He, therefore, who does not habituate himself to certain interior restraints, who does not live in a regular course of self-renunciation, will not be likely often to perform acts of beneficence, when it becomes necessary to convert to such purposes any of that time or money which appetite, temptation, or vanity, solicits him to divert to other purposes.
And surely he who seldom sacrifices one darling indulgence, who does not subtract one gratification from the incessant round of his enjoyments, when the indulgence would obstruct his capacity of doing good, or when the sacrifice would enlarge his power, does not deserve the name of benevolent. And for such an unequivocal criterion of charity, to whom are we to look but to the conscientious Christian? No other spirit but that by which he is governed, can subdue self-love; and where self-love is the predominant passion, benevolence can have but a feeble, or an accidental dominion.
Now, if we look around, and remark the excesses of luxury, the costly diversions, and the intemperate dissipation in which numbers of professing Christians indulge themselves, can any stretch of candour, can even that tender sentiment by which we are enjoined “ to hope" and to “ believe all things,” enable us to hope and believe that such are actuated by a spirit of Christian benevolence, merely because we see them perform some casual acts of charity, which the spirit of the world can contrive to make extremely compatible with a voluptuous life; and the cost of which, after all, bears but little proportion to that of any one vice, or even vanity!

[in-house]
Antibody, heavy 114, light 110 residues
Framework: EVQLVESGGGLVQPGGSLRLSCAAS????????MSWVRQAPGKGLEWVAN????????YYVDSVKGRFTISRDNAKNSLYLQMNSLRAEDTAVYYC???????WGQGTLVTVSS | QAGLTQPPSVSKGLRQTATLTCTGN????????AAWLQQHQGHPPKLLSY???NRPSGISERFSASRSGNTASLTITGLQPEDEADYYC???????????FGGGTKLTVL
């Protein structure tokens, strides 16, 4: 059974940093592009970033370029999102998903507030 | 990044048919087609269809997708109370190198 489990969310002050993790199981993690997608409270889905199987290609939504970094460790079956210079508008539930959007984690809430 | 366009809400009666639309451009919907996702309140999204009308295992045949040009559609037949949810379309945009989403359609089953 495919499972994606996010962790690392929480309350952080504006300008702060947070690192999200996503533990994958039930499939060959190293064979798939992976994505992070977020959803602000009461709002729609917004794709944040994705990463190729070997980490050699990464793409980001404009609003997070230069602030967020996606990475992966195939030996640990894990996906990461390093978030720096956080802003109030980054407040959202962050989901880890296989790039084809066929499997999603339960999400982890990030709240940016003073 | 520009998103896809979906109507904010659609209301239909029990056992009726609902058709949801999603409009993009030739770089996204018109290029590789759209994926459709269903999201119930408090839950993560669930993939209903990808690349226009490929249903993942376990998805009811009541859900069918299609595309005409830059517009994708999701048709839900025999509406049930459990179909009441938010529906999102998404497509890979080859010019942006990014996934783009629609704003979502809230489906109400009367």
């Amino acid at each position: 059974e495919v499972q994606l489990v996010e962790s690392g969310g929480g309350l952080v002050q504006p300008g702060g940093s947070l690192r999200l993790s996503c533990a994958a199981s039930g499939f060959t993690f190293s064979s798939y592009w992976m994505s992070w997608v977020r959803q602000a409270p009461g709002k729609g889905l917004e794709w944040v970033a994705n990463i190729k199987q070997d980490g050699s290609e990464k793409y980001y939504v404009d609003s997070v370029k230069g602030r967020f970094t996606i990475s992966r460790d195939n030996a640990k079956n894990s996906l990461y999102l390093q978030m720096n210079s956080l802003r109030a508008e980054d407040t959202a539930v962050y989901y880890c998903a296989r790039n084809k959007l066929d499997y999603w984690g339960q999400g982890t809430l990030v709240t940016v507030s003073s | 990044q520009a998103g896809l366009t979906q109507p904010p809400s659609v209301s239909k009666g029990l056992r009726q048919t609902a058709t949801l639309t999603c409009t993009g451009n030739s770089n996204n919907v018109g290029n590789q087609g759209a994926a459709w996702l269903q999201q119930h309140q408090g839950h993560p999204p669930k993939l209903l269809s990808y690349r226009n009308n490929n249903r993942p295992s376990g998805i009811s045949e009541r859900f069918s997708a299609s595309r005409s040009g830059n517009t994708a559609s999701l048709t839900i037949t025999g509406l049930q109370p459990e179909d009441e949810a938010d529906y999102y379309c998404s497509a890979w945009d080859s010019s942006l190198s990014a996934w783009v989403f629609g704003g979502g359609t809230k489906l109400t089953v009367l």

Men will not believe that there is hardly any one human good quality which will know and keep its proper bounds, without the restraining influence of religious principle. There is, for instance, great danger lest a constant attention to so right a practice as an invariable economy, should incline the heart to the love of money. Nothing can effectually counteract this natural propensity but the Christian habit of devoting those retrenched expenses to some good purpose; and then economy, instead of narrowing the heart, will enlarge it, by inducing a constant association of benevolence with frugality. An habitual attention to the wants of others is the only wholesome regulator of our own expenses ; and carries with it a whole train of virtues, disinterestedness, sobriety, and temperance. And those who live in the custom of levying constant taxes on their vanities for such purposes, serve the
poor still less than they serve themselves. For if they are charitable upon true Christian principles, “they are laying up for themselves a good foundation against the time to come.”